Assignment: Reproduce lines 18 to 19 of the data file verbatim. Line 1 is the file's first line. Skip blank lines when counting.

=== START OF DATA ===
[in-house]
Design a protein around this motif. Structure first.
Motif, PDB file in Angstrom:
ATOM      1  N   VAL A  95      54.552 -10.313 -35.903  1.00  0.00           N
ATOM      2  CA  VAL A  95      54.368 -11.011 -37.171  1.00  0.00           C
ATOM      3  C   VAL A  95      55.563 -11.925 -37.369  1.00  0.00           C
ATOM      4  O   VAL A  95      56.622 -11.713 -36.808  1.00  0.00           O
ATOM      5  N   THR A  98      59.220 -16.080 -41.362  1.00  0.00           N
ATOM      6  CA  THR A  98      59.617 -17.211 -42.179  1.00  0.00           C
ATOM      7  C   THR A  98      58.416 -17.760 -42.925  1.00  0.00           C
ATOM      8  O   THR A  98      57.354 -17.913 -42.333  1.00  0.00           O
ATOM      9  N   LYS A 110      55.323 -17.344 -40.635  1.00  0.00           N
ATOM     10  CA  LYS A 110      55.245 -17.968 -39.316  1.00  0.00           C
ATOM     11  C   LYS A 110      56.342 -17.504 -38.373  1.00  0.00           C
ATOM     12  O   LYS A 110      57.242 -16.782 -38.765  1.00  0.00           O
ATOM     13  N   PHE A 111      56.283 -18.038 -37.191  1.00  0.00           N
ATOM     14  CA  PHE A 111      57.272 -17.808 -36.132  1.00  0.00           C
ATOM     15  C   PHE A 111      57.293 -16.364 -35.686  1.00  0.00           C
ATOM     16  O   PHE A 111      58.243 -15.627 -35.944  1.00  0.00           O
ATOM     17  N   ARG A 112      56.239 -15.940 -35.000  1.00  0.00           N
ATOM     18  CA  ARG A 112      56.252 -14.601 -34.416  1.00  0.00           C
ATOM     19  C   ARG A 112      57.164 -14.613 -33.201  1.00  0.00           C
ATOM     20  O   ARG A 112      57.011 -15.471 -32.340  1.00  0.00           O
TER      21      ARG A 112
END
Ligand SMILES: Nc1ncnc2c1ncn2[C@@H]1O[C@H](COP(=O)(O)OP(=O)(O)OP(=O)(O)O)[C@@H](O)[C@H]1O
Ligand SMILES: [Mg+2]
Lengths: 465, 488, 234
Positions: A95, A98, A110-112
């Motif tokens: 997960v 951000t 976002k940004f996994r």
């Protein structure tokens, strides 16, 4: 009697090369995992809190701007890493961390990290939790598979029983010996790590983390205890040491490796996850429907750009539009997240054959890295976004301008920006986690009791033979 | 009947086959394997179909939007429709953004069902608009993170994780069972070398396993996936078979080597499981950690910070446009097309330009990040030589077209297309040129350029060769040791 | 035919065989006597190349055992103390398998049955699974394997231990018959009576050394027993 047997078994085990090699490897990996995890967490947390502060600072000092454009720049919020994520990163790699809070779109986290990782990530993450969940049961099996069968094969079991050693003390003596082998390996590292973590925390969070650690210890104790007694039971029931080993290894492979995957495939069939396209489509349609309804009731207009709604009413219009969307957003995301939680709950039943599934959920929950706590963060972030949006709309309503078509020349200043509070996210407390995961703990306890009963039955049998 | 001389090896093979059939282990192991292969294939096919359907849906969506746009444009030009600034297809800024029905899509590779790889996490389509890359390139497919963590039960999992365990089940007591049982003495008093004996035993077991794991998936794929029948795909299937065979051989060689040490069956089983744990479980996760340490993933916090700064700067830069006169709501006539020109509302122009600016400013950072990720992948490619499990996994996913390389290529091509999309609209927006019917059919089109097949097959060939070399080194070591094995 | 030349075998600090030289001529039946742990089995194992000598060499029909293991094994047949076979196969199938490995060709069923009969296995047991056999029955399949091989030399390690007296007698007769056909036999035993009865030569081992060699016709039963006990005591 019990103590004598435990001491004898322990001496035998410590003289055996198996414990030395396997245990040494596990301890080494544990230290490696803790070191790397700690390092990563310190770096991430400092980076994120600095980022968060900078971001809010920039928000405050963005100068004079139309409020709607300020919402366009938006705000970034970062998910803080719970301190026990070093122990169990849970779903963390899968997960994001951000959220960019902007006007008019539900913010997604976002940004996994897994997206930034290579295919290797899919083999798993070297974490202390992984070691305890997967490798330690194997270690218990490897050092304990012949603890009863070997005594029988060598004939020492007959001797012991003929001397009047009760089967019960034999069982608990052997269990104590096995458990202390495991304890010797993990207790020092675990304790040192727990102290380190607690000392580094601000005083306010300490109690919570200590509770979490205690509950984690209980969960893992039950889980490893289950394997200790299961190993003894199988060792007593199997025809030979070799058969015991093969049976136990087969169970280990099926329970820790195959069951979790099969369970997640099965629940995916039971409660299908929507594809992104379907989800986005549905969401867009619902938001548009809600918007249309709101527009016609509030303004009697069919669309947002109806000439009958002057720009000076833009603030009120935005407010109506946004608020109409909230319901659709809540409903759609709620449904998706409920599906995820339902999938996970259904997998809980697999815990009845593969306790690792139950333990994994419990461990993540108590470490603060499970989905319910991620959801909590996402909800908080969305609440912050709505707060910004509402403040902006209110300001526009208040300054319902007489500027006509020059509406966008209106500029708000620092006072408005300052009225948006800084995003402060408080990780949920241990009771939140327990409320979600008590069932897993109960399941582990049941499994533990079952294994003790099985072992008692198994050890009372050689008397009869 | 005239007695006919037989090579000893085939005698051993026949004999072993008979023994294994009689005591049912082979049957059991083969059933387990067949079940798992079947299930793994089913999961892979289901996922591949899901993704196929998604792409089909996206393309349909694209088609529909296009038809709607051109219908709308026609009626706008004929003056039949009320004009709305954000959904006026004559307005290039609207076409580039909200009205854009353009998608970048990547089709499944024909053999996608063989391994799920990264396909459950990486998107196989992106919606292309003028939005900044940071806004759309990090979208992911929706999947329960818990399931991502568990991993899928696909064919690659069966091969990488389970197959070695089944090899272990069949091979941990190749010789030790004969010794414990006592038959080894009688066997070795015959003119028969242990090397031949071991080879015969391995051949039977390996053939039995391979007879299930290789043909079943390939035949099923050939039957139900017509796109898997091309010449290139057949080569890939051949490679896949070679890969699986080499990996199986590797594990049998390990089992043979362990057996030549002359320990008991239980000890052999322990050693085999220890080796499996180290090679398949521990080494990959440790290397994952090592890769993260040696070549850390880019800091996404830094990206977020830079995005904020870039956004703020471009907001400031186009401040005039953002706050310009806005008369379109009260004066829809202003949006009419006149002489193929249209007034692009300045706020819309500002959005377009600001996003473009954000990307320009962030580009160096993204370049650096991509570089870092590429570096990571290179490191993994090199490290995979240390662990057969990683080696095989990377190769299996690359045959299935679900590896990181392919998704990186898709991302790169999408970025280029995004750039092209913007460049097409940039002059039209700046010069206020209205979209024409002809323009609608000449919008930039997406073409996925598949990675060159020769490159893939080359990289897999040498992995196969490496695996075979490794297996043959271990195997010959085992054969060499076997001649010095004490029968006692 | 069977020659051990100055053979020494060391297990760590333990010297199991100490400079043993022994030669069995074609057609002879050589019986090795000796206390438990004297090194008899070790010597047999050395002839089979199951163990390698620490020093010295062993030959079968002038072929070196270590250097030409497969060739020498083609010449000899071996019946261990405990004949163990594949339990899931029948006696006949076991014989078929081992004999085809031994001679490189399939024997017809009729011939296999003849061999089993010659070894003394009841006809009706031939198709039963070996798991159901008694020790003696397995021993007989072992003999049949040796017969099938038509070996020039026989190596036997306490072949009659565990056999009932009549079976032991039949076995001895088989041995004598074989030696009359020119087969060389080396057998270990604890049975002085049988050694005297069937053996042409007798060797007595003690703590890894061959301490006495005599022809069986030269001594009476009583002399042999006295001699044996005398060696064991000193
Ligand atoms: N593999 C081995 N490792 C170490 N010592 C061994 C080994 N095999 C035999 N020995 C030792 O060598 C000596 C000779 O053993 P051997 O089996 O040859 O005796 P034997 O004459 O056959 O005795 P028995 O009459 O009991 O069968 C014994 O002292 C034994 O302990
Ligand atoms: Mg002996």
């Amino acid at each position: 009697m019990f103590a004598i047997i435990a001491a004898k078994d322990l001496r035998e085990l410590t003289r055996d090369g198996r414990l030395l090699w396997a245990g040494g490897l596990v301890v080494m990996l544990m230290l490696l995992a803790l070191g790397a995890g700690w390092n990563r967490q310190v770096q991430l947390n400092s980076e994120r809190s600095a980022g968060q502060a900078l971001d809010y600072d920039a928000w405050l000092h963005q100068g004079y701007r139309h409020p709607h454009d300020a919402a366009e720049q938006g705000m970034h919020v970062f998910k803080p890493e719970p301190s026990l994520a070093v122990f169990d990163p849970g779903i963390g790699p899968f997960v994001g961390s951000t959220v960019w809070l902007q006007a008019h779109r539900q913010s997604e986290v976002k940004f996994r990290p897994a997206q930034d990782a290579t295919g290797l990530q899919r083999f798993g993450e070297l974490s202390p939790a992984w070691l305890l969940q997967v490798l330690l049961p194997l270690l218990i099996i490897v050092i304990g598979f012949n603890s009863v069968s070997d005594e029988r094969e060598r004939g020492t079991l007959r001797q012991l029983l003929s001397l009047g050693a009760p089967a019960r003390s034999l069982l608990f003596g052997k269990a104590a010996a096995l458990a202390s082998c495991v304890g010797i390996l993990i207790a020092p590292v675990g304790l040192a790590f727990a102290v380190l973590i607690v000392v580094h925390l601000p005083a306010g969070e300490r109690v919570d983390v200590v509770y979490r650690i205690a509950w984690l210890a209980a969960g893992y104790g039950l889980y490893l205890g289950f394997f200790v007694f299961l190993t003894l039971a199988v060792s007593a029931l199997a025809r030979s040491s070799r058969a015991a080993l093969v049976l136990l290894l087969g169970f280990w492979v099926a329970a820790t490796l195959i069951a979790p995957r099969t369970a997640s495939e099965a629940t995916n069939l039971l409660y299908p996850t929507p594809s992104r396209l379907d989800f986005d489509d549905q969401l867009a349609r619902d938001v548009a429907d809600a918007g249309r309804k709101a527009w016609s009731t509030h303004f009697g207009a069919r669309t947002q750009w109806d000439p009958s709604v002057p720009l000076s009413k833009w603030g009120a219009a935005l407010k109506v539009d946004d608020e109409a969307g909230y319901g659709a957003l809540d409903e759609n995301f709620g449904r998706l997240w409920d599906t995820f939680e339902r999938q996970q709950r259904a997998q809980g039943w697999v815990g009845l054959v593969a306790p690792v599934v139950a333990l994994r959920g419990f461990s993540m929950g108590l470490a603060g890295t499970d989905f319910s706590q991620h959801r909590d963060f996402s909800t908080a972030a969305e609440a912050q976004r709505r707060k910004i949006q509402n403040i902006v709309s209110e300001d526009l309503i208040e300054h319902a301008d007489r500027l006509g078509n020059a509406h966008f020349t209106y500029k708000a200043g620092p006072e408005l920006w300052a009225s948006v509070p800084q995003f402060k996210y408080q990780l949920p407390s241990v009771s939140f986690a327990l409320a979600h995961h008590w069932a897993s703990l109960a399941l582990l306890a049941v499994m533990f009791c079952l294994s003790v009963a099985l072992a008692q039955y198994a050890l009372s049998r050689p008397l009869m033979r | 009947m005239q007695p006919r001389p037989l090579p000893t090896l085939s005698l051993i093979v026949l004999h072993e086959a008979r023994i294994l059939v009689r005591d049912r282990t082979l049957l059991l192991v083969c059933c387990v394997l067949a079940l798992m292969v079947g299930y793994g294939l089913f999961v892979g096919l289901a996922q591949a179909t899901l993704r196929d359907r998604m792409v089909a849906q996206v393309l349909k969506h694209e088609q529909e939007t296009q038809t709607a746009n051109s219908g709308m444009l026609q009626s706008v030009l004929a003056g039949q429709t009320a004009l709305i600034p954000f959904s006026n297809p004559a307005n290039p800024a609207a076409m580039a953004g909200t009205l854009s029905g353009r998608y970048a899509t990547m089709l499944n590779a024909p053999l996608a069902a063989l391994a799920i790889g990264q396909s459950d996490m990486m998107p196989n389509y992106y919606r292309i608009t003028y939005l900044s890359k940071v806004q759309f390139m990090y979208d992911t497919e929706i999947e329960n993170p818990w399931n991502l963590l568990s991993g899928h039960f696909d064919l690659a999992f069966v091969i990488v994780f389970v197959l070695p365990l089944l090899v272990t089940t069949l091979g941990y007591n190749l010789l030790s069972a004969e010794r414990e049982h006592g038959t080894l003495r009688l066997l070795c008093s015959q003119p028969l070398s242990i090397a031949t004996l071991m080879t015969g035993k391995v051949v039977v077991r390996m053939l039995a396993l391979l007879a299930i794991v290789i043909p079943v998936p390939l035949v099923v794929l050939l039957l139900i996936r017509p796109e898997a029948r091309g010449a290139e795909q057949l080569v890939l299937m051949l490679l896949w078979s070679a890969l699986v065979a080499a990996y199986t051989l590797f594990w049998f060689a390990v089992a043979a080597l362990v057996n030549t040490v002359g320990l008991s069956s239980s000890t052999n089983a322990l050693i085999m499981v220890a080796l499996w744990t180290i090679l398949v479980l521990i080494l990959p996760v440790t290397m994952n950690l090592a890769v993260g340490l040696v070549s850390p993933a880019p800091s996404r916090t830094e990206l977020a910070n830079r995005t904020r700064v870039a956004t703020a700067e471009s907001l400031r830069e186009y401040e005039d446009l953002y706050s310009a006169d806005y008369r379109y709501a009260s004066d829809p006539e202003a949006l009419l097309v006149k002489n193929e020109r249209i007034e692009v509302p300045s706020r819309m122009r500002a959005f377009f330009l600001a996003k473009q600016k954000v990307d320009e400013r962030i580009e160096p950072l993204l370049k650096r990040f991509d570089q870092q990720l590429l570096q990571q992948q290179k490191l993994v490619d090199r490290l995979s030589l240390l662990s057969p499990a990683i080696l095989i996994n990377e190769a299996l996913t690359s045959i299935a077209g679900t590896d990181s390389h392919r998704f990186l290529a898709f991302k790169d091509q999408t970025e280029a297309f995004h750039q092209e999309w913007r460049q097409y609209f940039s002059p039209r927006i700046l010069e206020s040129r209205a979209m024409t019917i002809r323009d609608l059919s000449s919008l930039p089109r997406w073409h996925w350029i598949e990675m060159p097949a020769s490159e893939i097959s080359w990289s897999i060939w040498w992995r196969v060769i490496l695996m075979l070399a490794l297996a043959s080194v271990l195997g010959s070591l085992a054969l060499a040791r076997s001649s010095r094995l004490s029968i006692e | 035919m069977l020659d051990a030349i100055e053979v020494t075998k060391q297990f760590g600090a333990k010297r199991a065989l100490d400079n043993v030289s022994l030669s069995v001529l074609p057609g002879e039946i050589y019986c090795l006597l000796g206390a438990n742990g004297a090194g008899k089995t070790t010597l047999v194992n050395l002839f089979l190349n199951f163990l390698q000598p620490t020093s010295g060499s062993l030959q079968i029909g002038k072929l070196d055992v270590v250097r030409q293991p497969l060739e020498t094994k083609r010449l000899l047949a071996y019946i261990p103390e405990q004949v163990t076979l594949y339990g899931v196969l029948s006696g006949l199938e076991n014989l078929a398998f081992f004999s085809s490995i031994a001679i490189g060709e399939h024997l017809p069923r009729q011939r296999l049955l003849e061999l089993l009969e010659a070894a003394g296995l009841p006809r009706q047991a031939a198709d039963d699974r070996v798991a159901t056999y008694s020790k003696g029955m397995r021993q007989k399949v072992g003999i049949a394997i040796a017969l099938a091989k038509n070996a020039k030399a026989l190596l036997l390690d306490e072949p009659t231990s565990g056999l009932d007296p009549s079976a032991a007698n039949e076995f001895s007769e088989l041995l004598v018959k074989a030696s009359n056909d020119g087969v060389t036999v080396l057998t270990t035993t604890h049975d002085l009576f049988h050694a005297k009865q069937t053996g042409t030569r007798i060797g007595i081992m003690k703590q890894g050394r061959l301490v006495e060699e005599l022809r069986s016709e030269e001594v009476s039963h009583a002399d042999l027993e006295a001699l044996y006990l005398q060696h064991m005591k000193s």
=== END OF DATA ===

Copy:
ATOM     15  C   PHE A 111      57.293 -16.364 -35.686  1.00  0.00           C
ATOM     16  O   PHE A 111      58.243 -15.627 -35.944  1.00  0.00           O